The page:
Science fiction as a means of exploring ethics. The Invaders showed up mysteriously in the solar system and started destroying anything they happened across.
"I know that Peace Amalgamated is a great cultural stride forward. . . . But—can you suggest a way of keeping the peaceful way and saving our System? . . ."
"Yes . . . if . . . if the Invaders can be persuaded to follow the peaceful way."
"When they won't communicate? When they commit warlike acts for nothing—without plan, without conquest, apparently for the sheer joy of destruction? . . . This is some life-form that is so different in its aims and its logic that the only thing we can do is reciprocate. Fire with fire! You talk of your ancient history. Wasn't fascism conquered when the democratic nations went all but fascist to fight them?"
"No," said Hereford firmly. "The fruits of fascism were conquered. Fascism itself was conquered only by democracy."
—from "There Is No Defense," Theodore Sturgeon, 1948
The military leader goes on to demonstrate to the pacifist leader that pacifism is useless in such cases by suddenly beating him up; eventually the pacifist fights back, and comes to the reluctant conclusion that fighting back is the only possible response.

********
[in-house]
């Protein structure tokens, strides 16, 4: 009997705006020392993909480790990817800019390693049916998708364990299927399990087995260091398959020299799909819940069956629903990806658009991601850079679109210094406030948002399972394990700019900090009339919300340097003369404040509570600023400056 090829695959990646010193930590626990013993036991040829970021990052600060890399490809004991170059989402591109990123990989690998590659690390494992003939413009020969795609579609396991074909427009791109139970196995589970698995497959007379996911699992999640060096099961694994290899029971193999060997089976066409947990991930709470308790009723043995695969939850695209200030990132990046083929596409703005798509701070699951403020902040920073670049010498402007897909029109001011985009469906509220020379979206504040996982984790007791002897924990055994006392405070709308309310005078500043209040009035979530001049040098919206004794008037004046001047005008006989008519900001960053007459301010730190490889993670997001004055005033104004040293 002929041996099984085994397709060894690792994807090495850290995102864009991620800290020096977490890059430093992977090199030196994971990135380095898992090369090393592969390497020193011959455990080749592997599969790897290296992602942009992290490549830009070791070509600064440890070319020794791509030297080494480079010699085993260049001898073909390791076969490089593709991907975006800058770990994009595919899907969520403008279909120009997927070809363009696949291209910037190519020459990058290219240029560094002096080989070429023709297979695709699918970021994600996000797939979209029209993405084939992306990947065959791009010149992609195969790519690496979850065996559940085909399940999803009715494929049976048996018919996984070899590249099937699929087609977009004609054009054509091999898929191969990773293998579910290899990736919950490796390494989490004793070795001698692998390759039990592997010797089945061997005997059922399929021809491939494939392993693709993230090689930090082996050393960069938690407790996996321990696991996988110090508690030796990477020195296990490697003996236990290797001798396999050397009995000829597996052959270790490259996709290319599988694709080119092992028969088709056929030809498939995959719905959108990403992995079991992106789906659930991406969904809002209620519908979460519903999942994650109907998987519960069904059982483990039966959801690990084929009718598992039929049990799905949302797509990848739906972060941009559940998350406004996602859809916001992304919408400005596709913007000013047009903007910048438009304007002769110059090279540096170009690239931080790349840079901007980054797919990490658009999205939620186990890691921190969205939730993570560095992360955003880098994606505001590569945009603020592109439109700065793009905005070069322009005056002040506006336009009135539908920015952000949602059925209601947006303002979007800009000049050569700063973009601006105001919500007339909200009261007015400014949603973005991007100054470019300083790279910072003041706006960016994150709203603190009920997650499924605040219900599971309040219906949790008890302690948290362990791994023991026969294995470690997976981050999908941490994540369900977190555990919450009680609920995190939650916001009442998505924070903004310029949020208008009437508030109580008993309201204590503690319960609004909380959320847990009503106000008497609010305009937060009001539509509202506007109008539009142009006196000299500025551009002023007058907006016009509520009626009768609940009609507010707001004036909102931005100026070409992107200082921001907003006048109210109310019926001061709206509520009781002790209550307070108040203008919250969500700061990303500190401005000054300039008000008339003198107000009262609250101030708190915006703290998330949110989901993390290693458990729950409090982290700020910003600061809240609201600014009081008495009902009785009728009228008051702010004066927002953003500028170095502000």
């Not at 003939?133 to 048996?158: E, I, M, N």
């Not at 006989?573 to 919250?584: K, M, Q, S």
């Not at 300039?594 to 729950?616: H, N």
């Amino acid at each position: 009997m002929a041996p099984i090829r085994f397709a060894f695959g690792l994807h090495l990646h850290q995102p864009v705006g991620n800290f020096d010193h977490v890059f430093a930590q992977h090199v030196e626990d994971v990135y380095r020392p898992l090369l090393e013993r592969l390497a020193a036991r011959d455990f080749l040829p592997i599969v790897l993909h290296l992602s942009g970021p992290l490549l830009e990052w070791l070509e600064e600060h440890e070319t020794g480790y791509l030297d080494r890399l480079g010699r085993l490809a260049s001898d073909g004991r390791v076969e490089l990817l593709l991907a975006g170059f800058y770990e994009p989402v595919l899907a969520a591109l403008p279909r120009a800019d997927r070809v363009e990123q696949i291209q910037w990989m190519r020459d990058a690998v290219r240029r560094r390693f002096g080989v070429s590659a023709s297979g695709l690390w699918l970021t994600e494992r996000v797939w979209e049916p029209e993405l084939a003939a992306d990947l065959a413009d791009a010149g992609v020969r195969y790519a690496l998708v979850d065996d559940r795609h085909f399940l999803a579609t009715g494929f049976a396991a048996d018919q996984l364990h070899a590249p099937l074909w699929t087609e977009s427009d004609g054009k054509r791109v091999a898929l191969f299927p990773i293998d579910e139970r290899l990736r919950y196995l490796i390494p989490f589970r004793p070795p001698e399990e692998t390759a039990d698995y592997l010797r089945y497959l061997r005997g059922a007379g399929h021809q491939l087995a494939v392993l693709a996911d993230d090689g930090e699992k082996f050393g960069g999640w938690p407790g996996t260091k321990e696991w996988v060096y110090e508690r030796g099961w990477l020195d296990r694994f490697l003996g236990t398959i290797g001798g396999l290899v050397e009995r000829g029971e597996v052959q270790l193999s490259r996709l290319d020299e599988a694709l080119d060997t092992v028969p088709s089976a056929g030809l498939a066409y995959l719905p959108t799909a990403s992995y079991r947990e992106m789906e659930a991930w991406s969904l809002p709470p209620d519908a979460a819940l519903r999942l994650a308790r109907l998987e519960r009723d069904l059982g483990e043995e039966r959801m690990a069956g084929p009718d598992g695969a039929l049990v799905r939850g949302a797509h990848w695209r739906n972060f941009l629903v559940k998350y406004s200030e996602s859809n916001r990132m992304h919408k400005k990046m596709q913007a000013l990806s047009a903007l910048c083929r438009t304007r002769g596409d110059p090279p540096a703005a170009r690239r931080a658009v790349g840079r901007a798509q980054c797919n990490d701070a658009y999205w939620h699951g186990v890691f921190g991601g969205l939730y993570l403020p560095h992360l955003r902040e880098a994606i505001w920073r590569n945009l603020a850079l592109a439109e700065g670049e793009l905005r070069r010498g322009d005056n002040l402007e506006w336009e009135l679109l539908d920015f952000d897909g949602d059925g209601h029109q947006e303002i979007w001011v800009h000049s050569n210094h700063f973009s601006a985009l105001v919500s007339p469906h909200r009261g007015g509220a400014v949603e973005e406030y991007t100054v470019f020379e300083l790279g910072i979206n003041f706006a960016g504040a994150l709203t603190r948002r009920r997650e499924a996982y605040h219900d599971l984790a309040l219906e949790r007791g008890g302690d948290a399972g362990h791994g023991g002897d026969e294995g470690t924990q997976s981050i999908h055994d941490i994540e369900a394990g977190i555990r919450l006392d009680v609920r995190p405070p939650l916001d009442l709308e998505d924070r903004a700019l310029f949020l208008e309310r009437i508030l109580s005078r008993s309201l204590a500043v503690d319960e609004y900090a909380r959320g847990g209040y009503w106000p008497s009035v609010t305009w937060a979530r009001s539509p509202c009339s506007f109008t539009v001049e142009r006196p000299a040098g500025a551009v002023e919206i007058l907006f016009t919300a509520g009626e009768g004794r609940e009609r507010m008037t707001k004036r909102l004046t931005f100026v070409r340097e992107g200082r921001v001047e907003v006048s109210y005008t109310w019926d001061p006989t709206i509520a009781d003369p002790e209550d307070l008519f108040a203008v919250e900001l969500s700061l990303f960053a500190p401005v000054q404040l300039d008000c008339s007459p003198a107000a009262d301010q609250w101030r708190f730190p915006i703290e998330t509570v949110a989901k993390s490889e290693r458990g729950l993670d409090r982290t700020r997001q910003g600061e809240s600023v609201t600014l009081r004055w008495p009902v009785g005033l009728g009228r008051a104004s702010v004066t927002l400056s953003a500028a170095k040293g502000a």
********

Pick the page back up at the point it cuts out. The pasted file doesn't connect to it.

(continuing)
I haven't finished the story yet, but it's a long one, and Sturgeon rarely takes the simple way out; it'll be interesting to see where he goes with this one.
But it seems to me that in his desire to get his plot moving, he didn't quite arm his pacifist leader with good enough arguments. It seems to me that if someone's hitting you and you hit back, the statement "It was the only way to make you stop" isn't exactly the strongest possible pacifist argument. A better explanation, to my view, would be "I reacted without thinking; pacifism obviously isn't the gut reaction most people have to violence. If we'd both had better training in finding nonviolent solutions, perhaps we wouldn't have found ourselves in the situation of you beating me up in the first place."
This isn't the long-awaited entry on pacifism. But it'll do as a first installment.
Hadn't expected fifty-year-old science fiction stories to have as much impact on me as some of these are having.